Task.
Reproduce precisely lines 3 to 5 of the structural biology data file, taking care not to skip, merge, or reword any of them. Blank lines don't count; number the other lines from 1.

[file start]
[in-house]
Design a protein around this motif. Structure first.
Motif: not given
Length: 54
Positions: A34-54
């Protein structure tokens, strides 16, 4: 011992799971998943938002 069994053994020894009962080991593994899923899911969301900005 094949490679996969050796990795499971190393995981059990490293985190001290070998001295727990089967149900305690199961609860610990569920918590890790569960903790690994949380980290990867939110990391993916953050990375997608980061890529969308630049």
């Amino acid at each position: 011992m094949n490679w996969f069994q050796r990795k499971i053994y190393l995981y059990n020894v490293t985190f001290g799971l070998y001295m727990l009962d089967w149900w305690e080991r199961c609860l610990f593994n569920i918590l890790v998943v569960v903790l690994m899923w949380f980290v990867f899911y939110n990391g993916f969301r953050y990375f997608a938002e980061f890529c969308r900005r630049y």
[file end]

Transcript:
Motif: not given
Length: 54
Positions: A34-54